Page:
24 Jun 19
VOICE OF THE HWY

What difference has a year made for Micron Technology Inc.? Try a profit shortfall of more than $3 billion. Micron MU, +1.14%  is scheduled to report fiscal third-quarter earnings after the close of markets on Tuesday. Last year around this time, Micron was riding high with shares hitting a record price on June 21, 2018, […]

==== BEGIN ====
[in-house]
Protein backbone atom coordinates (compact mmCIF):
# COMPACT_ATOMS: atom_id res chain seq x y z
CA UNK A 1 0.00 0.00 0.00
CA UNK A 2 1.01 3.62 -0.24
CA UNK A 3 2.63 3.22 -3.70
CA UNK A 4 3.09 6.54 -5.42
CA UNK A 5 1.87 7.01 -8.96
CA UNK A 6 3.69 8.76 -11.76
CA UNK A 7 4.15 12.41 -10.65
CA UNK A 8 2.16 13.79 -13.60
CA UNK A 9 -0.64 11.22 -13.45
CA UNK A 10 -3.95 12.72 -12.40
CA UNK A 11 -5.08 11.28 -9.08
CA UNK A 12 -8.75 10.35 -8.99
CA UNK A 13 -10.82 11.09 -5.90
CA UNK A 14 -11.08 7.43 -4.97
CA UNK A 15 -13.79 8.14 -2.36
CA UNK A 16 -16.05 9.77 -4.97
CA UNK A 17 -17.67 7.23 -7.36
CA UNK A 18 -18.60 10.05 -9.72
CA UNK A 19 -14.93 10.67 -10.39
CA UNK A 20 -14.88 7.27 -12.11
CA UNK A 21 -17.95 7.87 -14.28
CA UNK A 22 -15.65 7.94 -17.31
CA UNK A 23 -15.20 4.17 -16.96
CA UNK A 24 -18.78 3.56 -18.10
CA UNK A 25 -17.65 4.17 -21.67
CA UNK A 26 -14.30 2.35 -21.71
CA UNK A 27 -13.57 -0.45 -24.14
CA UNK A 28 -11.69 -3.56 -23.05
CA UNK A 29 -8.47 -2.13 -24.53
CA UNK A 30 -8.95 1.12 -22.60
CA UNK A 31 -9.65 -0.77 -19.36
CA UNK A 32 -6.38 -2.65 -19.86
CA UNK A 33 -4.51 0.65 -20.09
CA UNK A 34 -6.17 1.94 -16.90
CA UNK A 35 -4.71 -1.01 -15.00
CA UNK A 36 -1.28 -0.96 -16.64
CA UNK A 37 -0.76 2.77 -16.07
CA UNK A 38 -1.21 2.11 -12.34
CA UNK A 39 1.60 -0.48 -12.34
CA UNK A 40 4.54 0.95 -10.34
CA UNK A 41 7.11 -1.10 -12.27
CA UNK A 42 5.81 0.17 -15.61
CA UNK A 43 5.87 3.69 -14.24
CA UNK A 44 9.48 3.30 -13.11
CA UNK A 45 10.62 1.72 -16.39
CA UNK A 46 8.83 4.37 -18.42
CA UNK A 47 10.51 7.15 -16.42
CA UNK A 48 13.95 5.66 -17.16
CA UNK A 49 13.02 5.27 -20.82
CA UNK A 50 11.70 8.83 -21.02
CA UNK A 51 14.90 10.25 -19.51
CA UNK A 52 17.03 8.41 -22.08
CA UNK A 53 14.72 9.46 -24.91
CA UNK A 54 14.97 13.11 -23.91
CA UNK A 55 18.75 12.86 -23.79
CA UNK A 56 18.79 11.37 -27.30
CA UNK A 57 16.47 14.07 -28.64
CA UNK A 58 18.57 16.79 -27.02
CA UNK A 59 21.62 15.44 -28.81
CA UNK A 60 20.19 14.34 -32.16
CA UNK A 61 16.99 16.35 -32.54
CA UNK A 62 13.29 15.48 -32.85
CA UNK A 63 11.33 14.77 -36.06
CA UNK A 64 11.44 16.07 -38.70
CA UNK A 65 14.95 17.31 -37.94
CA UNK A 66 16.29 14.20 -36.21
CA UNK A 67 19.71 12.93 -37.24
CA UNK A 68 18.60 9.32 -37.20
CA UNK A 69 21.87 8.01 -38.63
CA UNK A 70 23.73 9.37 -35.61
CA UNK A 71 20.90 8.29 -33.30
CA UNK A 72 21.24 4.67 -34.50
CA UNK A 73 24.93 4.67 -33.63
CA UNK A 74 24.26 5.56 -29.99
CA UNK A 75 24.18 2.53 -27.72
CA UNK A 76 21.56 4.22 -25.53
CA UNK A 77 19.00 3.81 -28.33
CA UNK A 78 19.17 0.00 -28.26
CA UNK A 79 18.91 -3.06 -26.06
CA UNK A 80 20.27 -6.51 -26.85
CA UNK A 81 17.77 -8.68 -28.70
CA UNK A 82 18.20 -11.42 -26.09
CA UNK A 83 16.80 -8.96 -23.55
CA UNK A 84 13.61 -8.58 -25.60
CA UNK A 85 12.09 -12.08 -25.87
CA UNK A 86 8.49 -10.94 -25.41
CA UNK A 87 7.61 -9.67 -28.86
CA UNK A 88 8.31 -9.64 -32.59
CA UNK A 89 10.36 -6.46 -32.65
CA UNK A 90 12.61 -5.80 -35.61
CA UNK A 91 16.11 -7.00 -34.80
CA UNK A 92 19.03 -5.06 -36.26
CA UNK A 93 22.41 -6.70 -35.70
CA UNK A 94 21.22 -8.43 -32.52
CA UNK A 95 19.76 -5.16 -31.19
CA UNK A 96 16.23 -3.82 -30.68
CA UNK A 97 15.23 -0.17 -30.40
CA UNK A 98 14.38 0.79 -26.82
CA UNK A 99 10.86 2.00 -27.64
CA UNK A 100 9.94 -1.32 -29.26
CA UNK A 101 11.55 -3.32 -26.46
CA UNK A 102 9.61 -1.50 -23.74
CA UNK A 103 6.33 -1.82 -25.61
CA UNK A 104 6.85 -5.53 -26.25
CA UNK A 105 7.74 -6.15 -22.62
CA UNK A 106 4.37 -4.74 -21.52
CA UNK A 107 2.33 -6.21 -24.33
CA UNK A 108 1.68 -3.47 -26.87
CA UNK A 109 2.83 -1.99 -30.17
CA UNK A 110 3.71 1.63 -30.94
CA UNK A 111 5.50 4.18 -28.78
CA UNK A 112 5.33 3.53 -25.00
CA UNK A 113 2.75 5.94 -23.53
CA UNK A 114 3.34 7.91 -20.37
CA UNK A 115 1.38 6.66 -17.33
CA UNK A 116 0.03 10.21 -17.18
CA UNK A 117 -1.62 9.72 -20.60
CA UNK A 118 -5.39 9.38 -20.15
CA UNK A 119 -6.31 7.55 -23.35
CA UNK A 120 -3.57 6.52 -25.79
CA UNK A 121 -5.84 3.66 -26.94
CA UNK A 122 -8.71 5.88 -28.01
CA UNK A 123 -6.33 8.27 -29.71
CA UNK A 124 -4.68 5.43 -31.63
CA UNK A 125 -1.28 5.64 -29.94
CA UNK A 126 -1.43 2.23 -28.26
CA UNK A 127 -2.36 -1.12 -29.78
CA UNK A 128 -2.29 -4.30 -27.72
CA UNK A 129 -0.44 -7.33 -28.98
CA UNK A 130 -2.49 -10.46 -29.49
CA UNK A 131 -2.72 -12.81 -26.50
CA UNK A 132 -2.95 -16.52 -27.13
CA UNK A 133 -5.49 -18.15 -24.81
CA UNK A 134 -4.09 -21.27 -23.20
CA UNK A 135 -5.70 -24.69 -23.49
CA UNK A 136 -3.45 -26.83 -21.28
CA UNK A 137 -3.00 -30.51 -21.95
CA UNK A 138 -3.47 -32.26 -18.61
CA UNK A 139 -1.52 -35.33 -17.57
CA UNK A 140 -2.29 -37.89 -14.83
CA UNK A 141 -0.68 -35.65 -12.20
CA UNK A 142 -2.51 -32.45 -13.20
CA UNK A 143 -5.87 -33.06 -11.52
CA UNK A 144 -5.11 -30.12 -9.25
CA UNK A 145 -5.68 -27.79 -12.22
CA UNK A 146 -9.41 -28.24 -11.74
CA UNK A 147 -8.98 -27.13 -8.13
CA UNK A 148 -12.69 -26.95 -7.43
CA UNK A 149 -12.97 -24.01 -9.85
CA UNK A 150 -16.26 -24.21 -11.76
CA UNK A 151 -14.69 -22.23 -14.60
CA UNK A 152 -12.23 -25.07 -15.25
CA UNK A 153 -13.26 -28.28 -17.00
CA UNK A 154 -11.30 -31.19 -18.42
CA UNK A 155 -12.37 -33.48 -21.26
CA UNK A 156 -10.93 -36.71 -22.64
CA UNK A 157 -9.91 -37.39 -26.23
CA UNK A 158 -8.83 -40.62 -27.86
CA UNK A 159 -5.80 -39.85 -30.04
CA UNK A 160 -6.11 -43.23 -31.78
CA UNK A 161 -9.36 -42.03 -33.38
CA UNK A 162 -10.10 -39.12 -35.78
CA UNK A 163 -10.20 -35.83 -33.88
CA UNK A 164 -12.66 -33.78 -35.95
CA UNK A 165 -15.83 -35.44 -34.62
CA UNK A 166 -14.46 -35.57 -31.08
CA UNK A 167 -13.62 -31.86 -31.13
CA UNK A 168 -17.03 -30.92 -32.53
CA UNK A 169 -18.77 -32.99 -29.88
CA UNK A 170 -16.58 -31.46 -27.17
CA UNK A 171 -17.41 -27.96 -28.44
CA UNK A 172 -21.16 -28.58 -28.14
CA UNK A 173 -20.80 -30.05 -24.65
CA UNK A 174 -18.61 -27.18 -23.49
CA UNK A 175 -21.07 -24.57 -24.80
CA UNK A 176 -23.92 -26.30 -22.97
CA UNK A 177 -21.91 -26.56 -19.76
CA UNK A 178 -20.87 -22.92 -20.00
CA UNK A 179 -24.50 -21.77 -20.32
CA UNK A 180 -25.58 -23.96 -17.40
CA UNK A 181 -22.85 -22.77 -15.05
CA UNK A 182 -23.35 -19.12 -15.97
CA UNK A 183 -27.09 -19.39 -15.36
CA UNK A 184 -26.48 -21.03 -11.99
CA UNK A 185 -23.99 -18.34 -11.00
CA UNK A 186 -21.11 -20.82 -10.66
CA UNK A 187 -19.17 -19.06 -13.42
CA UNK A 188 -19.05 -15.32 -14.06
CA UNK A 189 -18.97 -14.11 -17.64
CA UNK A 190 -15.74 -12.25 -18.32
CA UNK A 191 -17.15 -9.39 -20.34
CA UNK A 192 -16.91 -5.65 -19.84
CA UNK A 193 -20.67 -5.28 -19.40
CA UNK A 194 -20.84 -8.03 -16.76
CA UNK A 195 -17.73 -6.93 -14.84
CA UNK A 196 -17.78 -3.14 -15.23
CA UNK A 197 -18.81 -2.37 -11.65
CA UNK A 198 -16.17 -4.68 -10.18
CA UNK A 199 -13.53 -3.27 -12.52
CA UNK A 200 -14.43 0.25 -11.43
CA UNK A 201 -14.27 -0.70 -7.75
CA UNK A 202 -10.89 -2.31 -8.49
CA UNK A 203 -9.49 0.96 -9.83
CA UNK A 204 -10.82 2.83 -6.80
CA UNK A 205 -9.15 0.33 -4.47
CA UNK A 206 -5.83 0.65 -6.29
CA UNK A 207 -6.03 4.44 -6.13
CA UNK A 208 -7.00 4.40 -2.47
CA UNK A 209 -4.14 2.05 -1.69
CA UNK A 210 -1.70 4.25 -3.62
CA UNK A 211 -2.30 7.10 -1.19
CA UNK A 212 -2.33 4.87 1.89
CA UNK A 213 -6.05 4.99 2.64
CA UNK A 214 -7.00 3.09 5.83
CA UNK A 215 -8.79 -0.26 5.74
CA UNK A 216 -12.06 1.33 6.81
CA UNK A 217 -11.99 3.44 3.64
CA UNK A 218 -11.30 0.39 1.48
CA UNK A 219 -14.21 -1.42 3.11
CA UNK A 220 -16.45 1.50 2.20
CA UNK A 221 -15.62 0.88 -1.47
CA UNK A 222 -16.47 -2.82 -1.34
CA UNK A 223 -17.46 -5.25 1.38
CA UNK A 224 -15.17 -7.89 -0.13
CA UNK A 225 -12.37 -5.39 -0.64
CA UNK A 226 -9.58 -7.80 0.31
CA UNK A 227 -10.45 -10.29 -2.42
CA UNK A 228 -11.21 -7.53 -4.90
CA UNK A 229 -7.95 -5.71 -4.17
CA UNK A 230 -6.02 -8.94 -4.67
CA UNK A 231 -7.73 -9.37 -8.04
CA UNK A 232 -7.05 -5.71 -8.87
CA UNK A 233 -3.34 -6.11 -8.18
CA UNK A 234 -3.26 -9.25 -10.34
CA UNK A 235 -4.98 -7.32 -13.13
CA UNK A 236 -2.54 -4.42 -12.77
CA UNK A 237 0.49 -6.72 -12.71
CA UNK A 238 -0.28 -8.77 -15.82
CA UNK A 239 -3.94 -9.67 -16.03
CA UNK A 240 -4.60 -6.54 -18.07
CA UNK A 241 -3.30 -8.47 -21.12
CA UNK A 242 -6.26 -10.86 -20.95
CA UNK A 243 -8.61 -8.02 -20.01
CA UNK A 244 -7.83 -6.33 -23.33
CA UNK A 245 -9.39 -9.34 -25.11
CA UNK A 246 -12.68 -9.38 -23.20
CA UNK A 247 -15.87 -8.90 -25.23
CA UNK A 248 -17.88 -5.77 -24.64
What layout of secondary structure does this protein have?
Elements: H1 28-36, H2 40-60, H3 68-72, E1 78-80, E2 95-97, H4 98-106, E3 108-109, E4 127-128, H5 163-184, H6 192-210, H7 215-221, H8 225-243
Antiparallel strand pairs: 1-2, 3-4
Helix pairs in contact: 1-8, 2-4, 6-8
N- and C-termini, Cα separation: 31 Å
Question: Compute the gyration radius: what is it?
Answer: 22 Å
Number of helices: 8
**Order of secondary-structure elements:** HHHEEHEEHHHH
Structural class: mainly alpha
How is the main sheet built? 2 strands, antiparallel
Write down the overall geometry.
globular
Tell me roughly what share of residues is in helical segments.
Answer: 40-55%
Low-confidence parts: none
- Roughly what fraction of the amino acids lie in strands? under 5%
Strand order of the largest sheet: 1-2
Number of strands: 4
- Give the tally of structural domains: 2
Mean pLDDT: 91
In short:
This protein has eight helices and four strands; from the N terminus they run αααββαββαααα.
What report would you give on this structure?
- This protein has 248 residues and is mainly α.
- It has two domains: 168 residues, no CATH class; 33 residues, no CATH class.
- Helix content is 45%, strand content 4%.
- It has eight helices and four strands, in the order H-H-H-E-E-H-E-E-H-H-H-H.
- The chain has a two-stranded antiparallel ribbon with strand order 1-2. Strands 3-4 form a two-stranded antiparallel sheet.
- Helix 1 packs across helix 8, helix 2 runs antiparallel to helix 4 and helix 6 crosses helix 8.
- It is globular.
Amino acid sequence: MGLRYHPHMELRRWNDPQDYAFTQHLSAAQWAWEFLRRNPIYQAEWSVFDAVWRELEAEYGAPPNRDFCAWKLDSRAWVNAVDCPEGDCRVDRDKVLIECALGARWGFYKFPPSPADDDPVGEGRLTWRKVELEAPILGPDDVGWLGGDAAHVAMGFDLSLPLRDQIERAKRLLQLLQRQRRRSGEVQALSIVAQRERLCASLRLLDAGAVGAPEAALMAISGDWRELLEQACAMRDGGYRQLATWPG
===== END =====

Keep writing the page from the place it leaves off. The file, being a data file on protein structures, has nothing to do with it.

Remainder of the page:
24 Jun 19
VentureBeat